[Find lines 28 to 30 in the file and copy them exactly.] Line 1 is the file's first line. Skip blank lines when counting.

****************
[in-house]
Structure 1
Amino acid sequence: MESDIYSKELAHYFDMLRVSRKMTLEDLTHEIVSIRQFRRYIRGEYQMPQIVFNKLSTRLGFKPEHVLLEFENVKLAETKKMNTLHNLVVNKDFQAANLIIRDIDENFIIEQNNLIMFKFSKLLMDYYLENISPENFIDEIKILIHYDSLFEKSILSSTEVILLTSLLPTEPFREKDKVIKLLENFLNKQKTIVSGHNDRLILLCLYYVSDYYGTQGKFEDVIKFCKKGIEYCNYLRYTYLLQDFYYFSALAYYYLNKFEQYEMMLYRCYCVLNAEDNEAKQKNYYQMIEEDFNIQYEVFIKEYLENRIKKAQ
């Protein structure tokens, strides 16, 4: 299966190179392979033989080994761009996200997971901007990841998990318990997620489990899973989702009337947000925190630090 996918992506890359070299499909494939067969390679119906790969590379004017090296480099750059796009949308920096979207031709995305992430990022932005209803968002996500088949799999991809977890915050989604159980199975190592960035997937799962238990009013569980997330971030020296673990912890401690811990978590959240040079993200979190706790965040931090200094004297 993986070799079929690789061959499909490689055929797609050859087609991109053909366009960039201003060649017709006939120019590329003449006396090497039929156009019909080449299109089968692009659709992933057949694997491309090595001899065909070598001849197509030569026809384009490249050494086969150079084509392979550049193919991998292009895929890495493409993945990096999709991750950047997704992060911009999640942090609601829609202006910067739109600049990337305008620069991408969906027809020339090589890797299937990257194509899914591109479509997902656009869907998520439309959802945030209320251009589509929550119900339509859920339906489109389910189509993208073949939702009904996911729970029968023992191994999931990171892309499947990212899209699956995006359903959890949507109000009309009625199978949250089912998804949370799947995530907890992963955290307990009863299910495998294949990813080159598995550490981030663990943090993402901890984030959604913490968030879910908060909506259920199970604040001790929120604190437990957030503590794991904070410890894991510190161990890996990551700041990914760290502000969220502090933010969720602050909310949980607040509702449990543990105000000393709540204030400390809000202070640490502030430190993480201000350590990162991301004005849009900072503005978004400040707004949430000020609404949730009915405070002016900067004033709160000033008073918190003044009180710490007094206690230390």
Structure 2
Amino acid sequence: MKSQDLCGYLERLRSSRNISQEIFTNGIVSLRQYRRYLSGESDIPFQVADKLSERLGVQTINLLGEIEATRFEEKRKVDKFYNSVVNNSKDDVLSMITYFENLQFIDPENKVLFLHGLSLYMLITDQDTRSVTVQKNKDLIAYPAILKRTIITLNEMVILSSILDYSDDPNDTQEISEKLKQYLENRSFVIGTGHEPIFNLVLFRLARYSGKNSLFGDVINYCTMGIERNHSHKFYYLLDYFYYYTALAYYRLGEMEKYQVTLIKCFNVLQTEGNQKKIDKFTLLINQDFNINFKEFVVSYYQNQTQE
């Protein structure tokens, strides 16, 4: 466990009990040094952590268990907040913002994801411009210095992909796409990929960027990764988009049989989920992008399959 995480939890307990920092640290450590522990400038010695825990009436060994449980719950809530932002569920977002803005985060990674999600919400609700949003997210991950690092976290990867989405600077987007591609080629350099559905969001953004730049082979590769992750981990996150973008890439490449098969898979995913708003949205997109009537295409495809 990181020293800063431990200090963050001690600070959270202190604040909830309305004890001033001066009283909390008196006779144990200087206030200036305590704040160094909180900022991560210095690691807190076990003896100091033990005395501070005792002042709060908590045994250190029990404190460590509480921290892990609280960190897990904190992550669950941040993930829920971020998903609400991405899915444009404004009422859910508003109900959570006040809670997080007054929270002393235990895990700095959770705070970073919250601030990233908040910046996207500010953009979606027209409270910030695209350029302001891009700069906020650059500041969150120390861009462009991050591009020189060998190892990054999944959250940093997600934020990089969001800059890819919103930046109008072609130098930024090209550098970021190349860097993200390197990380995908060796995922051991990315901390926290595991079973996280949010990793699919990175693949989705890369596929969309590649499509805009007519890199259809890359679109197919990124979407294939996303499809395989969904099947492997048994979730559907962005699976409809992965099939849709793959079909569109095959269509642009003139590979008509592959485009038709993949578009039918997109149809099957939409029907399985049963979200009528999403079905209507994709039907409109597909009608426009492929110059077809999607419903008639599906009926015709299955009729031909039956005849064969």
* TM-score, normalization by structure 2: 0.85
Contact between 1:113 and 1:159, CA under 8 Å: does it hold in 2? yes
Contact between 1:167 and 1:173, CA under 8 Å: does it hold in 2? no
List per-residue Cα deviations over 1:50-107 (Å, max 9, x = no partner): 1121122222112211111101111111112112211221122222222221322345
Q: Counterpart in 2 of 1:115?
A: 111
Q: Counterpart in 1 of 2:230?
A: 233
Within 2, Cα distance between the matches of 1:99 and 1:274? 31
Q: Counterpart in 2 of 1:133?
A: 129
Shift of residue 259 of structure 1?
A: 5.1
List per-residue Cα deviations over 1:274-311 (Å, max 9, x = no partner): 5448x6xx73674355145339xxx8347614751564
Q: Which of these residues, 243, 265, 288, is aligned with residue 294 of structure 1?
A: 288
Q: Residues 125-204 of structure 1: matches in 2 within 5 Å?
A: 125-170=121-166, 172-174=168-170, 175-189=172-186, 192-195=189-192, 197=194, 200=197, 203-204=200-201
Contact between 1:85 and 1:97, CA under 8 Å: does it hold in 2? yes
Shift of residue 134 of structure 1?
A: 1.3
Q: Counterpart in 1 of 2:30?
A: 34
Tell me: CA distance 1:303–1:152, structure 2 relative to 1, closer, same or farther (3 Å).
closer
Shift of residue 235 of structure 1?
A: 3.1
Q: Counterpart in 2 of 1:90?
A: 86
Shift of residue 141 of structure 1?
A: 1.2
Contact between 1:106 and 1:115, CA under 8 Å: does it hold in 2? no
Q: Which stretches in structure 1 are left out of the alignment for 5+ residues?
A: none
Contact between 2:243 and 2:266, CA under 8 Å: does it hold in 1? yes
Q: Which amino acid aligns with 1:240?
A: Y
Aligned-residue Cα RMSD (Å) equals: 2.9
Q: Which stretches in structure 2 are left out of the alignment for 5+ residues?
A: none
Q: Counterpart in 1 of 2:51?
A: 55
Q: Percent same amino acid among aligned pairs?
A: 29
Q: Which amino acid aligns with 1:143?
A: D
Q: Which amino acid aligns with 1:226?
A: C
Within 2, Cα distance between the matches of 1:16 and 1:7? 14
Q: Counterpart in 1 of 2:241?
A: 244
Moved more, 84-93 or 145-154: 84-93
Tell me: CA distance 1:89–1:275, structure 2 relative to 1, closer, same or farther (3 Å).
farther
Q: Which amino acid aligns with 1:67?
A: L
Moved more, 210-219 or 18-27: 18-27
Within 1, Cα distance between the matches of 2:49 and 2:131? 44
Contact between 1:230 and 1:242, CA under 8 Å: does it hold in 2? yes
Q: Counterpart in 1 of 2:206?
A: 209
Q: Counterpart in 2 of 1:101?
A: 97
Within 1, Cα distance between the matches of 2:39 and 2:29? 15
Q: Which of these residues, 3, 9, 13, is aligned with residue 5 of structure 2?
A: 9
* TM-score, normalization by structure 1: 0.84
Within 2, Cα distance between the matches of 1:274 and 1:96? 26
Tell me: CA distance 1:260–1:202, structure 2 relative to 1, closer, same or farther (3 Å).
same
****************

A: 1.3
Q: Counterpart in 1 of 2:30?
A: 34